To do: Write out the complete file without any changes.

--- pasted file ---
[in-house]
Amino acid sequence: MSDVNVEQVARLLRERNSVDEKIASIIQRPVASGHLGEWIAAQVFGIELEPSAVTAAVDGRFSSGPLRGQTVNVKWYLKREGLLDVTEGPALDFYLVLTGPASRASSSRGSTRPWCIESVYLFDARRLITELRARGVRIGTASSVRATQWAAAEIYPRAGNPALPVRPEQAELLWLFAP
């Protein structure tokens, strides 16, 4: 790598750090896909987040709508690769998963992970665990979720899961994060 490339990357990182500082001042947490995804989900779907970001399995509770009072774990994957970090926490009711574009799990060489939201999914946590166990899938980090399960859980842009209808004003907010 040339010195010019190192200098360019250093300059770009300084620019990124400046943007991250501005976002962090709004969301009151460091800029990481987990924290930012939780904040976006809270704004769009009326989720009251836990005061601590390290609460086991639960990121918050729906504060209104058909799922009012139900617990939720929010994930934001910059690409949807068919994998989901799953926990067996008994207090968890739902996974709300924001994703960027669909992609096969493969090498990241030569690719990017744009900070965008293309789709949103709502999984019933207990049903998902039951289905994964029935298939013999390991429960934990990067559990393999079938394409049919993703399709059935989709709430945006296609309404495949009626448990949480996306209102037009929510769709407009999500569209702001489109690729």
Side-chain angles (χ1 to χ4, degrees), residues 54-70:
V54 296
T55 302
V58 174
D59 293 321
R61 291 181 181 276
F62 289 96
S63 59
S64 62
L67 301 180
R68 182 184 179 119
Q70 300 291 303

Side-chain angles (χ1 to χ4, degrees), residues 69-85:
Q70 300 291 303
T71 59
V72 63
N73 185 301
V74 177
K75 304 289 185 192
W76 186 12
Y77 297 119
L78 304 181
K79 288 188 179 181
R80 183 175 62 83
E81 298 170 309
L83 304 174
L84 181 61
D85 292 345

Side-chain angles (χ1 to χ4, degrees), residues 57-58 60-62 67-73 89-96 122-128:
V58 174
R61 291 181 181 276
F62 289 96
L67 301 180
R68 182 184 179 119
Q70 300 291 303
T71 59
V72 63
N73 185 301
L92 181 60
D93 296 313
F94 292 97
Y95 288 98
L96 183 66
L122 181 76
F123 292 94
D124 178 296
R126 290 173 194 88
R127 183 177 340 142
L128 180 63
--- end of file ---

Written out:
[in-house]
Amino acid sequence: MSDVNVEQVARLLRERNSVDEKIASIIQRPVASGHLGEWIAAQVFGIELEPSAVTAAVDGRFSSGPLRGQTVNVKWYLKREGLLDVTEGPALDFYLVLTGPASRASSSRGSTRPWCIESVYLFDARRLITELRARGVRIGTASSVRATQWAAAEIYPRAGNPALPVRPEQAELLWLFAP
């Protein structure tokens, strides 16, 4: 790598750090896909987040709508690769998963992970665990979720899961994060 490339990357990182500082001042947490995804989900779907970001399995509770009072774990994957970090926490009711574009799990060489939201999914946590166990899938980090399960859980842009209808004003907010 040339010195010019190192200098360019250093300059770009300084620019990124400046943007991250501005976002962090709004969301009151460091800029990481987990924290930012939780904040976006809270704004769009009326989720009251836990005061601590390290609460086991639960990121918050729906504060209104058909799922009012139900617990939720929010994930934001910059690409949807068919994998989901799953926990067996008994207090968890739902996974709300924001994703960027669909992609096969493969090498990241030569690719990017744009900070965008293309789709949103709502999984019933207990049903998902039951289905994964029935298939013999390991429960934990990067559990393999079938394409049919993703399709059935989709709430945006296609309404495949009626448990949480996306209102037009929510769709407009999500569209702001489109690729």
Side-chain angles (χ1 to χ4, degrees), residues 54-70:
V54 296
T55 302
V58 174
D59 293 321
R61 291 181 181 276
F62 289 96
S63 59
S64 62
L67 301 180
R68 182 184 179 119
Q70 300 291 303

Side-chain angles (χ1 to χ4, degrees), residues 69-85:
Q70 300 291 303
T71 59
V72 63
N73 185 301
V74 177
K75 304 289 185 192
W76 186 12
Y77 297 119
L78 304 181
K79 288 188 179 181
R80 183 175 62 83
E81 298 170 309
L83 304 174
L84 181 61
D85 292 345

Side-chain angles (χ1 to χ4, degrees), residues 57-58 60-62 67-73 89-96 122-128:
V58 174
R61 291 181 181 276
F62 289 96
L67 301 180
R68 182 184 179 119
Q70 300 291 303
T71 59
V72 63
N73 185 301
L92 181 60
D93 296 313
F94 292 97
Y95 288 98
L96 183 66
L122 181 76
F123 292 94
D124 178 296
R126 290 173 194 88
R127 183 177 340 142
L128 180 63